People in the study were aged 41 to 67 and had body mass index levels from 24.3, which is considered a healthy weight range, to 32.9, which is considered obese.

Researchers found that people who walked 4 miles a day — about 8,200 steps — were less likely to be obese or suffer from sleep apnea, acid reflux and major depressive disorder. Sleep apnea and acid reflux respond well to weight loss, which can reduce pressure on the throat and stomach, while exercise is a cornerstone of treating depression.

The study also found that overweight participants (those with a BMI of 25 to 29) halved their risk of obesity if they increased their steps to 11,000 steps per day. In fact, “this increase in step count resulted in a 50% reduction in the cumulative incidence of obesity after 5 years,” the study found.

Applying the data to a specific example, the authors say that people with a BMI of 28 could reduce their risk of obesity by 64% by increasing their steps from about 6,000 to 11,000 steps per day.

The new research echoes the results of a recent study in Spain, in which researchers found that the health benefits increased with each step until about 10,000 steps, when the effects began to fade. Step counting may be particularly important for people who do unstructured, unplanned physical activity such as housework, gardening and dog walking.

“Remarkably, we found an association between casual steps (steps taken for everyday life) and a lower risk of both cancer and heart disease,” study co-author Borja del Pozo Cruz told CNN in an earlier interview. Del Pozo Cruz is an assistant professor at the University of Southern Denmark in Odense and a senior researcher in health sciences at the University of Cádiz in Spain.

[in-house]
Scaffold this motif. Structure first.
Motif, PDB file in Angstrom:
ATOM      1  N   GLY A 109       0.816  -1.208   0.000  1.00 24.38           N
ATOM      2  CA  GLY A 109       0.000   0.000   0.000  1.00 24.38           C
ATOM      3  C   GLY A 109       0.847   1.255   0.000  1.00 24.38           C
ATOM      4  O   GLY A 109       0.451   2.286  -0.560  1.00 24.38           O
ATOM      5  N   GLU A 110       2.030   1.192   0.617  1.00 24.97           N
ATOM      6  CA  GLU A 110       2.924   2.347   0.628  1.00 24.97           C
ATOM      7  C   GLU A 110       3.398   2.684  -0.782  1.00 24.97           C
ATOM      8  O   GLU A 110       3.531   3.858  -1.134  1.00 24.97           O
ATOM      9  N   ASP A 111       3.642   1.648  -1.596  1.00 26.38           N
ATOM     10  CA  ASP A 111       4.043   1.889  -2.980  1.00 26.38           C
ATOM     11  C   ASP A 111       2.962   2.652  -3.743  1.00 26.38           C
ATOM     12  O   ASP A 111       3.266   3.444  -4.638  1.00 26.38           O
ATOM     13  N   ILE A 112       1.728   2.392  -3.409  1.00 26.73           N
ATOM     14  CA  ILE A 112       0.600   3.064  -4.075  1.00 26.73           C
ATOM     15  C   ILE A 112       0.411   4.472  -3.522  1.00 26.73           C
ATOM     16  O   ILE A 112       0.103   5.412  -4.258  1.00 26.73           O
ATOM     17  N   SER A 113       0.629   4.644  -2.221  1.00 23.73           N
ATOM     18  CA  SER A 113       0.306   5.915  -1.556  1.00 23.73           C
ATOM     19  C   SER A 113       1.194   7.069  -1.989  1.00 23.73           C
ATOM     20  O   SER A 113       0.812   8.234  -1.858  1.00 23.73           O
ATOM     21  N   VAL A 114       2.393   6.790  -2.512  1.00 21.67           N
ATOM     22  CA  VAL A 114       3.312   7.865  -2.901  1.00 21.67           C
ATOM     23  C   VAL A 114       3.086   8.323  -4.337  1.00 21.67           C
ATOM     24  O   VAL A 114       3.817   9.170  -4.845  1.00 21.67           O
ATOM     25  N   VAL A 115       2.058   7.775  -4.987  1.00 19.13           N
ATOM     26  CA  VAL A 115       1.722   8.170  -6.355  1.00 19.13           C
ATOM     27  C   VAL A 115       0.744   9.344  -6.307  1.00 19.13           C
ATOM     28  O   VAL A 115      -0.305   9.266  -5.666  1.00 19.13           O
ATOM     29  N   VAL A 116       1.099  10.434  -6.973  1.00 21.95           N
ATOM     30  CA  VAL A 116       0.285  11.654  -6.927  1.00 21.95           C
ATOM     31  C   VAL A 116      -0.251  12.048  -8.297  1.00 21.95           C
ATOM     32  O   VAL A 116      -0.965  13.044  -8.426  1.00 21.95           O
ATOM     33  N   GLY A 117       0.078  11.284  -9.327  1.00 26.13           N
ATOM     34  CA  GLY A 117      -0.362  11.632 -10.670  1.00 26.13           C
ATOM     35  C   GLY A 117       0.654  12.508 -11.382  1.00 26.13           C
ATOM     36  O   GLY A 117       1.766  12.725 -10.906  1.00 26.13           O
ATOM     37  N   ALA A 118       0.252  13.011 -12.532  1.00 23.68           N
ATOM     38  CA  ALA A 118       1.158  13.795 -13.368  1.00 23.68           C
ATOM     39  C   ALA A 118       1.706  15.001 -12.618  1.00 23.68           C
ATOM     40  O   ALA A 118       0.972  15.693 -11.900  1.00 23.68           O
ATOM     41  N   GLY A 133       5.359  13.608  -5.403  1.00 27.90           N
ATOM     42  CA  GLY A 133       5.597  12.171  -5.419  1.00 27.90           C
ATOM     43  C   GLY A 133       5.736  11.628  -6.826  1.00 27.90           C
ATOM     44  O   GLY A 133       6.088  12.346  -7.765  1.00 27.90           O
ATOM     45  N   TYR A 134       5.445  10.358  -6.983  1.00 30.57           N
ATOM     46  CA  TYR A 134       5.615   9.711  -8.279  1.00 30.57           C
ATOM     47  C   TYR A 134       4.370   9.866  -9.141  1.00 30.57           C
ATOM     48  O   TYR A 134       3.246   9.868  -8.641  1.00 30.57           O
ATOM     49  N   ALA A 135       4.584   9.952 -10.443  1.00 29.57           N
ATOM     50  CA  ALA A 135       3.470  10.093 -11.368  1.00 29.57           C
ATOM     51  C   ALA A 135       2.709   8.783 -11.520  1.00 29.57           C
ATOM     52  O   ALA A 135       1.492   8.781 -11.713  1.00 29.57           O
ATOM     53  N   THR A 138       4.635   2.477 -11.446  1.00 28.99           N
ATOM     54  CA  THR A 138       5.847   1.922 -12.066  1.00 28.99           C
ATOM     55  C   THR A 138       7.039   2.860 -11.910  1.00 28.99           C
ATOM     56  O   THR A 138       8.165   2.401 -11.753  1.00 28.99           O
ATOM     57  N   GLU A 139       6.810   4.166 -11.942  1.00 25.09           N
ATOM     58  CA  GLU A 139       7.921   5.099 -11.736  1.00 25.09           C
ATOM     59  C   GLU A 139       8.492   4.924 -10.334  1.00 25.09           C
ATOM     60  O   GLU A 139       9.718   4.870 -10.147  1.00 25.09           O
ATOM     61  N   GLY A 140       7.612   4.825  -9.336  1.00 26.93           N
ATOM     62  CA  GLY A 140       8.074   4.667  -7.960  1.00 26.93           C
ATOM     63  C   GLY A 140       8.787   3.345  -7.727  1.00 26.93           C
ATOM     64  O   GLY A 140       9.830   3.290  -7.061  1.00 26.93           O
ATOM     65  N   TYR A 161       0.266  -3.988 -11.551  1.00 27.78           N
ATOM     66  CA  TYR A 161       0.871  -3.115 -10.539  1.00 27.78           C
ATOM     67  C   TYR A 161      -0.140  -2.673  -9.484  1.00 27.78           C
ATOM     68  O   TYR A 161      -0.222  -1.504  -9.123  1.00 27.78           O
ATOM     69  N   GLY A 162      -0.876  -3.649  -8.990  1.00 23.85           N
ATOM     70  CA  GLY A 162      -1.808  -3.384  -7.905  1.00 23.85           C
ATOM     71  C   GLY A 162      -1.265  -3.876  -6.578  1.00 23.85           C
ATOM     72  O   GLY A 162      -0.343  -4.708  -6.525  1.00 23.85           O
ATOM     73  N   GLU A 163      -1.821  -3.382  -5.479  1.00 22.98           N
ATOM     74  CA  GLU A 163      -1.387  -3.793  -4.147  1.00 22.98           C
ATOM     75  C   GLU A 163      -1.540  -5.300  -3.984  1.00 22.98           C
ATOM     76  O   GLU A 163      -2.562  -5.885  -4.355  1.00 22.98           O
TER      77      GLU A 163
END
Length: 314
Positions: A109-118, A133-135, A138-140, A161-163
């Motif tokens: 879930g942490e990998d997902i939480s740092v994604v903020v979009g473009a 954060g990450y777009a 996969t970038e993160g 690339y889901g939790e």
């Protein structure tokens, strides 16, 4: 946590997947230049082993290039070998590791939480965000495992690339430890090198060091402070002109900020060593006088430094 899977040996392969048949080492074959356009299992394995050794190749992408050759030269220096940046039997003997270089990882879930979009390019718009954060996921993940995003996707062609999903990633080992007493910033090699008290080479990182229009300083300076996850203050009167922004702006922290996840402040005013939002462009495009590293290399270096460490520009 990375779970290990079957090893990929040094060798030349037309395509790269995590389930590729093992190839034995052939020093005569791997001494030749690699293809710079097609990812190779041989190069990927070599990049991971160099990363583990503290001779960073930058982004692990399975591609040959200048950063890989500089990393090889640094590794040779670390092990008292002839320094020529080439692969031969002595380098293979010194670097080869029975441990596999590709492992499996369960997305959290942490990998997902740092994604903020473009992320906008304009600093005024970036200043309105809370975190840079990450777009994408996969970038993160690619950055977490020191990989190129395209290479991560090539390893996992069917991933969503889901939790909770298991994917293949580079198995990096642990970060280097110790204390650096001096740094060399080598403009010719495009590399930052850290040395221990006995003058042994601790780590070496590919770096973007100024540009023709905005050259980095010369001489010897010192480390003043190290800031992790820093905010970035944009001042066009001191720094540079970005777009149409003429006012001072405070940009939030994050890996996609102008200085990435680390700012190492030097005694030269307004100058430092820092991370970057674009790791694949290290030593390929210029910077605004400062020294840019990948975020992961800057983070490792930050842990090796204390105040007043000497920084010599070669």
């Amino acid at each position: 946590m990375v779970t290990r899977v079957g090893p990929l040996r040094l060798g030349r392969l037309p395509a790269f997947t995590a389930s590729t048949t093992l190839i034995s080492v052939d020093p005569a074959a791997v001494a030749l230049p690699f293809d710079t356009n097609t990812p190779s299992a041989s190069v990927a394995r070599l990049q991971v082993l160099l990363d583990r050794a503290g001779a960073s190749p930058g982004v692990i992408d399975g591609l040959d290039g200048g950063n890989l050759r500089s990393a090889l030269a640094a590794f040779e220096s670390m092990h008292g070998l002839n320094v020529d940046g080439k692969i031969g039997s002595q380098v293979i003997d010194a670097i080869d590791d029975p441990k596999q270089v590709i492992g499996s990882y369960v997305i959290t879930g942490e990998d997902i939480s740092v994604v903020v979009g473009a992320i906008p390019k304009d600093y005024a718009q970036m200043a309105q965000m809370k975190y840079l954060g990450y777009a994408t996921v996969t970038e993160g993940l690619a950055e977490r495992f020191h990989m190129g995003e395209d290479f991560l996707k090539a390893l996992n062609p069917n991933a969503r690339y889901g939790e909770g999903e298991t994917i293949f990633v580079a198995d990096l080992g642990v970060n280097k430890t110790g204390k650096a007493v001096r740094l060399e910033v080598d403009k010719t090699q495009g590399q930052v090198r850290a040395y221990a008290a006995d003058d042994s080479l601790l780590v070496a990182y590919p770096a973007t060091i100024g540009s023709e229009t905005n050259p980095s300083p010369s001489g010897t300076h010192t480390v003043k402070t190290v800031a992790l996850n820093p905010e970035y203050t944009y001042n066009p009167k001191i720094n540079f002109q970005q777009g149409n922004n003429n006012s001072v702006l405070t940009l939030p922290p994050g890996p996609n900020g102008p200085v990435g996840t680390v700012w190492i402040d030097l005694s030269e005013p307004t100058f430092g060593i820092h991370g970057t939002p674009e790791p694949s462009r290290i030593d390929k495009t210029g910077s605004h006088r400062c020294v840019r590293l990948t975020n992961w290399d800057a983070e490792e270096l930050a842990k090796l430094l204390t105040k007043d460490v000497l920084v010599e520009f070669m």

The same research team recently published a similar study that found that walking 10,000 steps a day reduced the risk of dementia by 50%; the risk decreased by 25% with only 3,800 steps per day.

However, walking at a brisk pace of 112 steps per minute for 30 minutes maximized the risk reduction, leading to a 62% reduction in dementia risk. The 30 minutes of brisk walking also didn’t have to happen all at once – they could be spread throughout the day.

The researchers found that the relationship between peak 30-minute steps and risk reduction depended on the disease being studied: there was a 62% reduction in dementia, an 80% reduction in cardiovascular disease and death, and about a 20% drop in cancer risk.

The new study also found a link between step intensity and health benefits, “although the relationships were less consistent than for step count,” the researchers said.

A major limitation of all studies using step trackers is that people who wear them tend to be more active and healthier than the norm, the researchers said. “However, the fact that we were able to find robust associations between steps and incident disease in this active sample suggests that even stronger associations may exist in a more sedentary population,” they said.